the National Guard (undertrained, poorer cousins of the standing army -
hint hint)> intentionally shot these people down is irresponsible. You're
not saying > that right?
[RVI] They didn't go there with that in mind, from what I've read, but
there was certainly a degree of indoctrination or atmosphere all military
types at the time were steeped in which had it that all protestors were
hippies, tools of communism, drug addicts, and threats to the country.
You know the story. The Guardsmen got scared, charged, and shot 4
students... in the back. ( I suppose had the better-trained cousins, the
Infantry, been there, 400 would have been expertly put away?)
My point was not the efficiency of the killing but rather that the Guard is
not really trained for that sort of situation and that a better trained
force (not necessarily the army) might have been disciplined enough not to
get scared and shoot some kids in the back.[RVI] If that example of the danger of the military to
> the freedom of the citizen isn't enough, go look up the Hoover
> administration in a good encyclopedia; you will find there an article on
> how, when the WWI Vets marched on Washington in order to recover the
> monies owed them from service in that war, Hoover called out Gen. Patton
> who, in turn, let loose armed regular Army troops on unarmed US Vets and
> employed tanks in the streets of this nation's capital to chase them out
> of town. People got killed.
>[Cranky] Again I think you are confusing the policies of civilian leaders
>with the performance of the army in and of itself.
[RVI] Oh - the Army was o.k because it _efficiently_ walked all over its
objective - unarmed civilians?
No; you're missing what I mean. The US
soldier is sworn to uphold the Constitution, and so on. This means, as
the Trials at Nurnburg and the Lt. Callie case point up, that the soldier
is best a soldier when he is able to resist an illegal, immoral command.
Stomping the vets in the D.C. Hooverville was, at best, a questionable
act. If our Army had been led aright, I think the General would have
resigned his post before following such a damnable command and he'd have
encouraged his men to do likewise.
I agree with you in the best of worlds that would be correct. But can't you
see that that was not a viable alternative for these men. Believe me, you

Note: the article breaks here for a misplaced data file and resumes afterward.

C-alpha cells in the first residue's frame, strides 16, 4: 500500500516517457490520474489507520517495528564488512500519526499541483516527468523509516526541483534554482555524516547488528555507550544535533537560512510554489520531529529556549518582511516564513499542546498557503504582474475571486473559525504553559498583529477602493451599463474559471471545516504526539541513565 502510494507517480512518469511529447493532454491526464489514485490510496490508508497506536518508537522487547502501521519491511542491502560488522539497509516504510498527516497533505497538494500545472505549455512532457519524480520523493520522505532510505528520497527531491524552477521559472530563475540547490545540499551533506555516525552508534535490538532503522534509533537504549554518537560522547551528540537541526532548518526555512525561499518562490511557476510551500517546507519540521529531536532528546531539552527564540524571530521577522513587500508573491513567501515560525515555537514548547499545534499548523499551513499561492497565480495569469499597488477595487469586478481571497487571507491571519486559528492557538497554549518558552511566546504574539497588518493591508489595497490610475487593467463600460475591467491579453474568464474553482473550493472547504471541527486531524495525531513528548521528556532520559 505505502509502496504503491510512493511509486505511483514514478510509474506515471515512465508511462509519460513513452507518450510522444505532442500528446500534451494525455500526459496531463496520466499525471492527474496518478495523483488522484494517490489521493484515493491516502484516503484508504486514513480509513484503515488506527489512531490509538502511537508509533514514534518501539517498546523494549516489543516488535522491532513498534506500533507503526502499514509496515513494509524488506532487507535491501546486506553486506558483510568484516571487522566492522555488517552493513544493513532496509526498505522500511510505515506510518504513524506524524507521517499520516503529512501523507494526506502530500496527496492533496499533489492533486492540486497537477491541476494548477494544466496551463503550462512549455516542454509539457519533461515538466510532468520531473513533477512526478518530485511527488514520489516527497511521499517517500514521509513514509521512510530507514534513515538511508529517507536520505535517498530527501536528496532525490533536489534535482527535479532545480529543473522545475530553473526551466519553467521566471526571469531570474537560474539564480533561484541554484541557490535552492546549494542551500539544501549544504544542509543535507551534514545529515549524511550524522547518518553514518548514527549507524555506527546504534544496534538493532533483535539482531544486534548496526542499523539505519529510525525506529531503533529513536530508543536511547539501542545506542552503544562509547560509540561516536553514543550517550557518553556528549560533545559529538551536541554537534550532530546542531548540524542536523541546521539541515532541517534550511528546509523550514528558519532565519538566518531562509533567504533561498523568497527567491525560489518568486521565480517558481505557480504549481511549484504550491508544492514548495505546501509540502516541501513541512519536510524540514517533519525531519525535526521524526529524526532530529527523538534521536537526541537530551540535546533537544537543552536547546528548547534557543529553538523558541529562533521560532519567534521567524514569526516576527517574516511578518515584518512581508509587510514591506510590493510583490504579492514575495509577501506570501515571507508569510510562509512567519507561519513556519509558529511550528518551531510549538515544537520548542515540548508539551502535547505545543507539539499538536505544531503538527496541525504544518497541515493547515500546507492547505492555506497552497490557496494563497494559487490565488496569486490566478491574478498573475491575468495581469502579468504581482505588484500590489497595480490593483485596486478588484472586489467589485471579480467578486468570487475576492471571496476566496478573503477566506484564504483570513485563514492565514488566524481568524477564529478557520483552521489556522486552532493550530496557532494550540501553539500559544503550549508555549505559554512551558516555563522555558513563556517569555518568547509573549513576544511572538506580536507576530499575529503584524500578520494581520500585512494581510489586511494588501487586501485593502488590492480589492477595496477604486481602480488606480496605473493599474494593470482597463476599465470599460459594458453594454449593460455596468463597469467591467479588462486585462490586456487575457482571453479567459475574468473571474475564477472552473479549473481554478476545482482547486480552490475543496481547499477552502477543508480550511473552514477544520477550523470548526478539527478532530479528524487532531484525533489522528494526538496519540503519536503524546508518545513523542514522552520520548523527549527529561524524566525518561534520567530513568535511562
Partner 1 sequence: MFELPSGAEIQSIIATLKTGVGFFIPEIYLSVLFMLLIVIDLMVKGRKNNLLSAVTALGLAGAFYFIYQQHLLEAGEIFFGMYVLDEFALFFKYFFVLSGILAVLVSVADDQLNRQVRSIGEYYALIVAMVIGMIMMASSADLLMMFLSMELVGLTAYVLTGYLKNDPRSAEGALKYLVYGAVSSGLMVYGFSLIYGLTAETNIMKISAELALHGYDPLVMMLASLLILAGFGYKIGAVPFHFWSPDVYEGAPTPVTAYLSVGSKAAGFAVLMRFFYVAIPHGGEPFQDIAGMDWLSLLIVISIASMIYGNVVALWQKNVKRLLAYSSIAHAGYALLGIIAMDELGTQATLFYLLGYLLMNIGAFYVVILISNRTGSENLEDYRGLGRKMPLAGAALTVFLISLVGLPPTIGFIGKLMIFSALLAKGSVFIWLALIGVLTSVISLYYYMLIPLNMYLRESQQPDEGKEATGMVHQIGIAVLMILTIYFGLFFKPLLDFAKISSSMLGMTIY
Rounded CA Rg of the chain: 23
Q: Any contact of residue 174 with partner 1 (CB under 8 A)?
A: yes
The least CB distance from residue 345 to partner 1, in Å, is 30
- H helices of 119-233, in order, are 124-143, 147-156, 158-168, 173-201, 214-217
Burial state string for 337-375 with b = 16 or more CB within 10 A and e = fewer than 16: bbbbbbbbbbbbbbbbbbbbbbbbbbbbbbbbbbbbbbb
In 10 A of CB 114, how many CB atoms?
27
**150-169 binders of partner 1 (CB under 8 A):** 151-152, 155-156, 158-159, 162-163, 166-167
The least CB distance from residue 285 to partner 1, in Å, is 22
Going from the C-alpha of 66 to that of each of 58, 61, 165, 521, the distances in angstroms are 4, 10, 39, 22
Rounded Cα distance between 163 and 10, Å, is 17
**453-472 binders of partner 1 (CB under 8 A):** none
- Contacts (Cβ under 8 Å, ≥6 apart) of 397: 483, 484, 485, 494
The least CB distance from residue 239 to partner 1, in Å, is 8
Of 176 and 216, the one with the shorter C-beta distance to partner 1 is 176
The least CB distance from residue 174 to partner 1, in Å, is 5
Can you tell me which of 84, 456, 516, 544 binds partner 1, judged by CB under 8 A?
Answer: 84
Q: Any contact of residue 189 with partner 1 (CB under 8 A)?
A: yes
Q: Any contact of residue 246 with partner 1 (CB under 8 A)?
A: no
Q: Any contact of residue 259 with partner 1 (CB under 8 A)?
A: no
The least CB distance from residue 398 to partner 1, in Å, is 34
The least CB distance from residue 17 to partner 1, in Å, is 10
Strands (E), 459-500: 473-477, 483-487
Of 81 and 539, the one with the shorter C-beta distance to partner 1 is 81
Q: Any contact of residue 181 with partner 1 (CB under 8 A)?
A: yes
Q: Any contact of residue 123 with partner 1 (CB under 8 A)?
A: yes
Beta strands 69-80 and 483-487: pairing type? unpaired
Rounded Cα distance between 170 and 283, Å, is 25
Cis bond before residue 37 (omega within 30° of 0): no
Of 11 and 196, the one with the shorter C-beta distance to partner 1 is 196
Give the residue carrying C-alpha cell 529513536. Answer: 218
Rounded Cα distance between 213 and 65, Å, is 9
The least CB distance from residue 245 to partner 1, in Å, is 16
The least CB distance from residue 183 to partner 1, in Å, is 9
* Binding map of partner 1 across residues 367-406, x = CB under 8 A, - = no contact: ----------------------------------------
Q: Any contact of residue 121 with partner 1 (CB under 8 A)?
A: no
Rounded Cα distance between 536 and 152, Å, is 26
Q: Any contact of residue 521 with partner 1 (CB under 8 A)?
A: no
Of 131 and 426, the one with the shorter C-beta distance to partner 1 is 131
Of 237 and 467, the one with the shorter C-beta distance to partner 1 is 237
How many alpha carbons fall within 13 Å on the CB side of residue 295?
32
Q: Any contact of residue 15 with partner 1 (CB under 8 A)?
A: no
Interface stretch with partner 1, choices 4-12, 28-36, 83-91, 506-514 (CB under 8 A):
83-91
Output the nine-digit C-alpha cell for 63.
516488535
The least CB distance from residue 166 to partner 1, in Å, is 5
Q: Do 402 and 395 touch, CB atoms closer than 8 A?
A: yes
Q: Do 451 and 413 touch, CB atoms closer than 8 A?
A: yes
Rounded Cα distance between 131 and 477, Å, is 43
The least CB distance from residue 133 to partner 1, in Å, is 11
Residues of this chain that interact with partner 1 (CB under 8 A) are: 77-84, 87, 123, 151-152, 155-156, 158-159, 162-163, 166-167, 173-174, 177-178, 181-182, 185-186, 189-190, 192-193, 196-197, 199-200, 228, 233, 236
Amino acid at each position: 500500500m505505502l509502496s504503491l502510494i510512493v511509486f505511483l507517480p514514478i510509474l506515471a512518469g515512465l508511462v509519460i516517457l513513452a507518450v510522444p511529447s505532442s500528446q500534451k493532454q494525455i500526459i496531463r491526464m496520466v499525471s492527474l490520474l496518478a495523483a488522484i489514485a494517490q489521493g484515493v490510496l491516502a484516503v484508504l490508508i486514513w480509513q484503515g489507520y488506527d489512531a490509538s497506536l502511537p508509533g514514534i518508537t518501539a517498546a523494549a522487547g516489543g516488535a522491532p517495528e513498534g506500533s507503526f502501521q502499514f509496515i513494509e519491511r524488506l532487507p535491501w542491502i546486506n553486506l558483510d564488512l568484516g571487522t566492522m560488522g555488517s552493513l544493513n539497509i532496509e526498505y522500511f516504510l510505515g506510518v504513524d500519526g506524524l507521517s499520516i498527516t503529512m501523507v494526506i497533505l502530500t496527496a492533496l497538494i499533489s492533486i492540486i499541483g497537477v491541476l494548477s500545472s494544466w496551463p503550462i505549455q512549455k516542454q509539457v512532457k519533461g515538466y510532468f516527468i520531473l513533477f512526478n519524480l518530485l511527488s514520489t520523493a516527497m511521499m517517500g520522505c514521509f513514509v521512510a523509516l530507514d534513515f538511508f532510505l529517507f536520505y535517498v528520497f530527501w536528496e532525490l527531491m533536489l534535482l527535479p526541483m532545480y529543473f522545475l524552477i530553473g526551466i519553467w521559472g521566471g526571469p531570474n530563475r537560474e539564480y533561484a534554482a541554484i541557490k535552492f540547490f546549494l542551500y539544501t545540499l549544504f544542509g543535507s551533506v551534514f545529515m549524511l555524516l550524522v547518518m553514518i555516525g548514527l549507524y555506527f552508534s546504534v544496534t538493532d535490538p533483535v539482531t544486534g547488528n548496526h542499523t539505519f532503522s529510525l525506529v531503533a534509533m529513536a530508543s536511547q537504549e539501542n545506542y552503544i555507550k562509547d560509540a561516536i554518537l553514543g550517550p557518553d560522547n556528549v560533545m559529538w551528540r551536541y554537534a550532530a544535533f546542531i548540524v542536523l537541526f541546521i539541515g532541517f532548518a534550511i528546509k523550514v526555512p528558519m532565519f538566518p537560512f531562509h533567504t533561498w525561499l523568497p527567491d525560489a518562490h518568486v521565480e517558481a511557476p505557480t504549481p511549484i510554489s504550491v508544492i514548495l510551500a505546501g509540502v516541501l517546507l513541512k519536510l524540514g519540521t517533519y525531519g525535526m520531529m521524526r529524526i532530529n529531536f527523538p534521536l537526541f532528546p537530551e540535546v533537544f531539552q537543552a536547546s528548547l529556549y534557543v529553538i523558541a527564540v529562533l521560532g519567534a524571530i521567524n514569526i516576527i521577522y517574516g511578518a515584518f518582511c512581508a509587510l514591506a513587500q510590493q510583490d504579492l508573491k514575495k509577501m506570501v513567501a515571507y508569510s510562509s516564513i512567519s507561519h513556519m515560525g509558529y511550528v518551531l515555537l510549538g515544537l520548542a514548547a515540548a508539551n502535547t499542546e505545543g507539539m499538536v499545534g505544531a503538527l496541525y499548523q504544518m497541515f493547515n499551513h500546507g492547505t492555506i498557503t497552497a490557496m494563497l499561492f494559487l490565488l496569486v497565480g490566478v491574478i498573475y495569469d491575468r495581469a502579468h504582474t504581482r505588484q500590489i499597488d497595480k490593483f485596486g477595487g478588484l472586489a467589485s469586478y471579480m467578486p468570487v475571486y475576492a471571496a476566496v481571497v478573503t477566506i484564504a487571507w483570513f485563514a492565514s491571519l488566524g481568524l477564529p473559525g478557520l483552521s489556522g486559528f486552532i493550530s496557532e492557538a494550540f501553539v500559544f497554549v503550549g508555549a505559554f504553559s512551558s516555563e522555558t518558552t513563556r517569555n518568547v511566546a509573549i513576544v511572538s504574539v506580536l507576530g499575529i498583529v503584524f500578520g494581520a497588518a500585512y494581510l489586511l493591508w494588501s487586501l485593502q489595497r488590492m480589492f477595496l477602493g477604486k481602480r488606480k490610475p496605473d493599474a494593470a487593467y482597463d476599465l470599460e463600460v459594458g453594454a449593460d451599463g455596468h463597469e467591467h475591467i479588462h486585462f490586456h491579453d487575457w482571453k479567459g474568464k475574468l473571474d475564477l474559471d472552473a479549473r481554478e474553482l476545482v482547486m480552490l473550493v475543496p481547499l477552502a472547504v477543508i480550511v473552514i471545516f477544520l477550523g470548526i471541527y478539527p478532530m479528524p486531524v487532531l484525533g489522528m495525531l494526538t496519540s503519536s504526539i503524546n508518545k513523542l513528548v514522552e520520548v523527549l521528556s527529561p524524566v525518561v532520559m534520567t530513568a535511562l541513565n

can find memoirs of soldiers who thought the exercise to be a terrible thing
to do. You can't tell me that every one of those men was a cold hearted
bastard indoctrinated to kill fellow americans. There were other forces at
work that compelled those men to obey orders that they thought were wrong.
Including ALL of their trainnig up to that point.
Yet the tendency of our army is to
follow all orders, no matter how ridiculous; it enshrines orders and
hierarchy and sloganeering
This is the effective definition of an army.
in the place of thinking and in the place of
the Constitution, which was the whole point of having an Army. No, we
don't want soldiers making up their own objectives or deciding to
suddenly abandon protocol frivolously; but we do need more training in
Constitutionality and ethics for the soldier, to drive home the point
that the soldier is citizen first, soldier second. Nothing else will do.
Again I agree that that would be a great thing but other than the citzen
soldiers of Ancient Greece, there just isn't evidence of that EVER happening
in history. Autonomous thinking is the opposite of everything that a soldier
is trained.
[RVI] The Army, HBG, is always, at best, a
> necessary evil, which has to be kept under strict civilian control
> [Cranky] Like the governor of Ohio.
[RVI] That's why we elect them, unelect them, and can impeach them. The
military has far too much freedom in this reguard.
>[Cranky] What you say is true. But I think a baser truth is that without
>the Armed
> Forces there would be no free speech to stifle in those limited instances
> where it has happened.
[RVI] I say that without the freedoms in the Constitution and promised by
the Bill of Rights, our military would be moot.
I don't know if Washington would have agreed with you in the dark years
BEFORE the constituition was drafted when his army was the ONLY thing that
kept the colonies from being subject to English rule.
It would just be another
gang of overpaid terrorist thugs, and God knows we've plenty of those,
yet. But our freedoms and our rights precede our military in priority
and give the military purpose -- though, as I've said, I don't think that
purpose is being lived up to at present. I want an Army which is
something more than a PR gimmick or an extenton of a corporate need for
cheap petrolium or a training camp for South American Death Squads and
dictators. I want an Army that actually lives up to itself for once.
Until then, I cast a cold eye on it.
Does anyone else hear black helicopters?
degenerate cranky